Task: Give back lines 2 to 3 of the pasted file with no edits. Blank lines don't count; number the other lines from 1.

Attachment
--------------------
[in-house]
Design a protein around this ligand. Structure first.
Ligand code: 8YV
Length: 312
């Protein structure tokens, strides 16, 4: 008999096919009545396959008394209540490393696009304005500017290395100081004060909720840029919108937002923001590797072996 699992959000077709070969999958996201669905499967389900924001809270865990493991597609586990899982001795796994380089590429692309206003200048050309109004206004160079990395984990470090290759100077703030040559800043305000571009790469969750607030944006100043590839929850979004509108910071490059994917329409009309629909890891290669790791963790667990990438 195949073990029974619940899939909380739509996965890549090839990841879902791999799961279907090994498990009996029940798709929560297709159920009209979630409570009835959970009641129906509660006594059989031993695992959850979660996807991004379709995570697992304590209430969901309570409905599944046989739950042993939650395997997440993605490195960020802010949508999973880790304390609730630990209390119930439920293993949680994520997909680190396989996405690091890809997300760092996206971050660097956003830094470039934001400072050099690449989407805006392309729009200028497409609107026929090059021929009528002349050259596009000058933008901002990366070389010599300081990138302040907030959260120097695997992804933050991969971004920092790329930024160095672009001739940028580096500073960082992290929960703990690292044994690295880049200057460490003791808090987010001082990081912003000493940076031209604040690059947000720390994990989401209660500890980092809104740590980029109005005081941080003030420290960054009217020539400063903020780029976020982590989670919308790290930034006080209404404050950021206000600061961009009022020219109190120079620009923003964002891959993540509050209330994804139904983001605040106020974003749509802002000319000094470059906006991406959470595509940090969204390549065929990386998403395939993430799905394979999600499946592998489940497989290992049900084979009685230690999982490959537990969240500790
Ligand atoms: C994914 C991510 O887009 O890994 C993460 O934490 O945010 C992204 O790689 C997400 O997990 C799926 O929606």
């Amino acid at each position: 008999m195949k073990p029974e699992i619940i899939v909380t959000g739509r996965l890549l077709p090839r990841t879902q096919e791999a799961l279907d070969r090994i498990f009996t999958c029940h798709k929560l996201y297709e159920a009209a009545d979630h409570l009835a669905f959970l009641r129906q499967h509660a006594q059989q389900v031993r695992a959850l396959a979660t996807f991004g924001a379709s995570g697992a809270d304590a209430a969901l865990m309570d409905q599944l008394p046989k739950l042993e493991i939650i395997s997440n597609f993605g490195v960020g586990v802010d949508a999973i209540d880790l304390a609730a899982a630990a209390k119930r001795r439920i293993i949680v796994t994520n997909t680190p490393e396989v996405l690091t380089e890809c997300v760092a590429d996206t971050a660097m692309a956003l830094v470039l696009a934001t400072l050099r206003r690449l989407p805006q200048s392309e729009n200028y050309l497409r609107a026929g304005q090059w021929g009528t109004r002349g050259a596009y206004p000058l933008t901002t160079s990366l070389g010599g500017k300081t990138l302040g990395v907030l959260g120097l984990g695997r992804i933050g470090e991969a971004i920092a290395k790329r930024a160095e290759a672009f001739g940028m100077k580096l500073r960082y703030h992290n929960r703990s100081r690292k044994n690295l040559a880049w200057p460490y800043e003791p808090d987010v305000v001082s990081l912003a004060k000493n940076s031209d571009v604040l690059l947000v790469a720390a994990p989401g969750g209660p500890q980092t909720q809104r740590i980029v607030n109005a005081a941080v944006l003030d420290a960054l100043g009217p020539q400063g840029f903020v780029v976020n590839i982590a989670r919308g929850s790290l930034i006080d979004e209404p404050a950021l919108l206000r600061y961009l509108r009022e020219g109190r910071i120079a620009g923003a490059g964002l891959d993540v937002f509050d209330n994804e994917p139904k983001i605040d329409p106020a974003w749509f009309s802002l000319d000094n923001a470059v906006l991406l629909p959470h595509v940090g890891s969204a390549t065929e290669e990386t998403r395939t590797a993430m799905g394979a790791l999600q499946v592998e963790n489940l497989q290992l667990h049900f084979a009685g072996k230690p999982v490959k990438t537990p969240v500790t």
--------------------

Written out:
Design a protein around this ligand. Structure first.
Ligand code: 8YV